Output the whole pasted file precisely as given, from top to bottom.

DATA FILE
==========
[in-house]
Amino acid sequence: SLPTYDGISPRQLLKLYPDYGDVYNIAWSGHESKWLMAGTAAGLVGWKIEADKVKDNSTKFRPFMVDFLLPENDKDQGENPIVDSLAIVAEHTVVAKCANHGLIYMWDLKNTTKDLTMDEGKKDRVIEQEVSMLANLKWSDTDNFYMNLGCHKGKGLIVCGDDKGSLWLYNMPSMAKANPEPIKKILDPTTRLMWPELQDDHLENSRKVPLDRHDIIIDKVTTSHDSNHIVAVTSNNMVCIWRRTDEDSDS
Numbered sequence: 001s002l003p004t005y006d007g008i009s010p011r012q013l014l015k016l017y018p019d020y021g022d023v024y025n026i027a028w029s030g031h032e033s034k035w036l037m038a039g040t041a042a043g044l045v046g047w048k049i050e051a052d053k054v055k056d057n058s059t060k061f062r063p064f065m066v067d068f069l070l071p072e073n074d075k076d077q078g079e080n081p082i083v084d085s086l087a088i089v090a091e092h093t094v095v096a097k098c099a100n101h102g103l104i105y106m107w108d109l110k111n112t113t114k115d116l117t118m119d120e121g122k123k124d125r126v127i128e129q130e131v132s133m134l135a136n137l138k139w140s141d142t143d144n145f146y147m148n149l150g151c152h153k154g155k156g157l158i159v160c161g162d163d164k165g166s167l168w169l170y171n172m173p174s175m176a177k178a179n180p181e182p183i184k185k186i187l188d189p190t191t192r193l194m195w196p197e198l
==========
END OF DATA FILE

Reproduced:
[in-house]
Amino acid sequence: SLPTYDGISPRQLLKLYPDYGDVYNIAWSGHESKWLMAGTAAGLVGWKIEADKVKDNSTKFRPFMVDFLLPENDKDQGENPIVDSLAIVAEHTVVAKCANHGLIYMWDLKNTTKDLTMDEGKKDRVIEQEVSMLANLKWSDTDNFYMNLGCHKGKGLIVCGDDKGSLWLYNMPSMAKANPEPIKKILDPTTRLMWPELQDDHLENSRKVPLDRHDIIIDKVTTSHDSNHIVAVTSNNMVCIWRRTDEDSDS
Numbered sequence: 001s002l003p004t005y006d007g008i009s010p011r012q013l014l015k016l017y018p019d020y021g022d023v024y025n026i027a028w029s030g031h032e033s034k035w036l037m038a039g040t041a042a043g044l045v046g047w048k049i050e051a052d053k054v055k056d057n058s059t060k061f062r063p064f065m066v067d068f069l070l071p072e073n074d075k076d077q078g079e080n081p082i083v084d085s086l087a088i089v090a091e092h093t094v095v096a097k098c099a100n101h102g103l104i105y106m107w108d109l110k111n112t113t114k115d116l117t118m119d120e121g122k123k124d125r126v127i128e129q130e131v132s133m134l135a136n137l138k139w140s141d142t143d144n145f146y147m148n149l150g151c152h153k154g155k156g157l158i159v160c161g162d163d164k165g166s167l168w169l170y171n172m173p174s175m176a177k178a179n180p181e182p183i184k185k186i187l188d189p190t191t192r193l194m195w196p197e198l